Photo: Christian Felber
The exhibition transcends its role as a mere showcase; it emerges as a catalyzing force, fostering the identification of synergies, exploring avenues for multiplying positive impacts, and provoking discussions on how academic institutions can complement the work of NGOs, companies, and national and international institutions to respond effectively to the challenges posed by massive destruction. Ultimately, ETH with Ukraine is a testament to the power of collaboration, knowledge exchange, and collective determination in shaping Ukraine’s sustainable and resilient future.

The exhibition is designed to foster a dialogue about the integration of Swiss conceptual and technological insights with practical actions in Ukraine, focusing on the preservation and restoration of communities and infrastructure. This consensus was echoed by ETH Professors Matthias Kohler and Brian Adey, along with Christiaanse and Wieser, during the opening of the exhibition. The diverse backgrounds of the five-member curatorial team highlight this interdisciplinary approach. Basil Roth and Jonathan Banz, along with architect Gyler Mydyti and Adam Przywara of the Swiss Network with Ukraine, are complemented by Ukrainian Anastasiya Ponomaryova, formerly a member of Philip Ursprung’s History and Theory of Architecture group.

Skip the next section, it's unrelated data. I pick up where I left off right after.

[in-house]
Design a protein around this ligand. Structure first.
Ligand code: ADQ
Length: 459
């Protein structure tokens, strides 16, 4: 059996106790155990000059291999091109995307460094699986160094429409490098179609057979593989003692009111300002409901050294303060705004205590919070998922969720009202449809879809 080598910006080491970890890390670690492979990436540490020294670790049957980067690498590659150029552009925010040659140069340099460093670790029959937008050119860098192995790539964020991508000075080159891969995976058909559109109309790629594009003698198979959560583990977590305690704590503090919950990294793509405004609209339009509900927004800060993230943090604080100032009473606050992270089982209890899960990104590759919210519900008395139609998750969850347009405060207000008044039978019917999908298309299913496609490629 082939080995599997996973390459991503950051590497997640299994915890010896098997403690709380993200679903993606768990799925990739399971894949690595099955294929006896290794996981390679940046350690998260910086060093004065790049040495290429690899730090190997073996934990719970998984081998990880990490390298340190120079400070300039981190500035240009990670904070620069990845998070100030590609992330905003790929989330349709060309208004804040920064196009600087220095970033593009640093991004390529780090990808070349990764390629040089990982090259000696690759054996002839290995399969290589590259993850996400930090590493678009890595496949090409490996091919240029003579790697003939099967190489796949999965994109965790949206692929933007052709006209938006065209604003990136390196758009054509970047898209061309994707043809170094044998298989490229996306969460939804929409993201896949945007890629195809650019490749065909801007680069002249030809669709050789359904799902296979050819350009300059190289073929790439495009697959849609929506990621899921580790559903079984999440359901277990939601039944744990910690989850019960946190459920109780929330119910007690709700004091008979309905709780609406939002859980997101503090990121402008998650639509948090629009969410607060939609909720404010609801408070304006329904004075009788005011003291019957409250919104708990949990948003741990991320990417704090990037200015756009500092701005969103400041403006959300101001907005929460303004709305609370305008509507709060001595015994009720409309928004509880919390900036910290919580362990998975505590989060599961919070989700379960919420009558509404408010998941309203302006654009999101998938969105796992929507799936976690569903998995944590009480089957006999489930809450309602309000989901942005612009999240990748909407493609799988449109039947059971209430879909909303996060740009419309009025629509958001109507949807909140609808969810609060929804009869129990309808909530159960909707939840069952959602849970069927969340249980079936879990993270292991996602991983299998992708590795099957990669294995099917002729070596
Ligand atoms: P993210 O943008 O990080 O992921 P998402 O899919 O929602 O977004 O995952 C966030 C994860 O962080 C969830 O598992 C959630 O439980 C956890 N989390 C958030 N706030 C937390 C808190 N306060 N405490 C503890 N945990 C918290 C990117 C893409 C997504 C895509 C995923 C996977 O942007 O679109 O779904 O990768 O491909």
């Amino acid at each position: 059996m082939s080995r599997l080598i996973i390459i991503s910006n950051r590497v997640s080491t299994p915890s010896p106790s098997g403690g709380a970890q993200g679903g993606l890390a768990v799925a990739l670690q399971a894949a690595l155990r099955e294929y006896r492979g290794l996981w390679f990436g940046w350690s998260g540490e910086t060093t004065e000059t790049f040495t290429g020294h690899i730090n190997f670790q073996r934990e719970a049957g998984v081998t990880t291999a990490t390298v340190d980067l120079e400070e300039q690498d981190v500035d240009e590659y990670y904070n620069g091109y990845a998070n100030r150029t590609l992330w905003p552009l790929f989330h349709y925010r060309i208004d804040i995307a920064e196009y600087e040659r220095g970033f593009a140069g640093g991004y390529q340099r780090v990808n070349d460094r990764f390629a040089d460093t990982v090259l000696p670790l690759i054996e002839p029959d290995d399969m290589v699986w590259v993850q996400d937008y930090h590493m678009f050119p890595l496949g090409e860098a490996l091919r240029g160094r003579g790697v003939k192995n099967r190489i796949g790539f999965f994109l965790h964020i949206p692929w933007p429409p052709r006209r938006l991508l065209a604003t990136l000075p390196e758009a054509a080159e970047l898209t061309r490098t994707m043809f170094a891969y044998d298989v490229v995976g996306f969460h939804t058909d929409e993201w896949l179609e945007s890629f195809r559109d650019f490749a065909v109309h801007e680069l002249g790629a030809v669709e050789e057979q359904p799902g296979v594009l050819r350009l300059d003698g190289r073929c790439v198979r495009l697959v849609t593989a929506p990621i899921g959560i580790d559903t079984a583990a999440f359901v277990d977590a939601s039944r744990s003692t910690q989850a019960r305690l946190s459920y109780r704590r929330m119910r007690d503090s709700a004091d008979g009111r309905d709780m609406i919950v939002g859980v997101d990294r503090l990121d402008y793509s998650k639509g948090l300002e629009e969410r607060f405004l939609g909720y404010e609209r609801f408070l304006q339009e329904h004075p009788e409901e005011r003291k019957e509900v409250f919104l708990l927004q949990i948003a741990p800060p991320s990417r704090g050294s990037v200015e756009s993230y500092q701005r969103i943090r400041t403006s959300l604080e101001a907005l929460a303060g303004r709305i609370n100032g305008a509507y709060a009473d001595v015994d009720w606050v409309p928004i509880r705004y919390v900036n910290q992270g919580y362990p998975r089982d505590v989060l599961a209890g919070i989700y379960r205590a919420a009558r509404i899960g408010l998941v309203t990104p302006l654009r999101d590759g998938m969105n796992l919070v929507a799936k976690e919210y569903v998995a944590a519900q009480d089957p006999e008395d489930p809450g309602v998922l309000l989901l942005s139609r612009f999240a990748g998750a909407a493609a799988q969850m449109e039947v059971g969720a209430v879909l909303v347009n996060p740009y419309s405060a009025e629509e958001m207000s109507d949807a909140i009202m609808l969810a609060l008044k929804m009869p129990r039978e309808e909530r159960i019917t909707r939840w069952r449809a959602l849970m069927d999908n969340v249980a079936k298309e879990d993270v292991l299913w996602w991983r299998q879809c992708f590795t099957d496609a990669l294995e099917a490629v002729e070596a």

Photo: Christian Felber

Photo: Christian Felber
Contributors: Swiss Network with Ukraine, Agricultural Economics and Policy Group*, Berner Fachhochschule, Center For Security Studies*, Center for Spatial Technologies, City of Zurich, Collegium Helveticum, Institute for Building Materials*, Institute for Cartography and Geoinformation*, Institute for Computational Science (UZH), Institute for Geodesy and Photogrammetry*, Institute for Spatial and Landscape Development*, Institute for the History and Theory of Architecture*, Institute of Construction & Infrastructure Management*, Institute of Science, Technology, and Policy*, Institute of Technology in Architecture*, Kharkiv School of Architecture, Kyiv National Economic University, Laboratory of Urbanism (EPFL), Lviv Department of Architecture and Urban Planning, Lviv Heritage Bureau, Peace Coalition, Planning of Landscape and Urban Systems*, Royal Agricultural University, Sumy National Agrarian University, Vinnytsia Institute of Urban Development, Ukrainian Association of Students and Academics in Zurich (UASAZ)

*ETH Zurich
Photographs: Christian Felber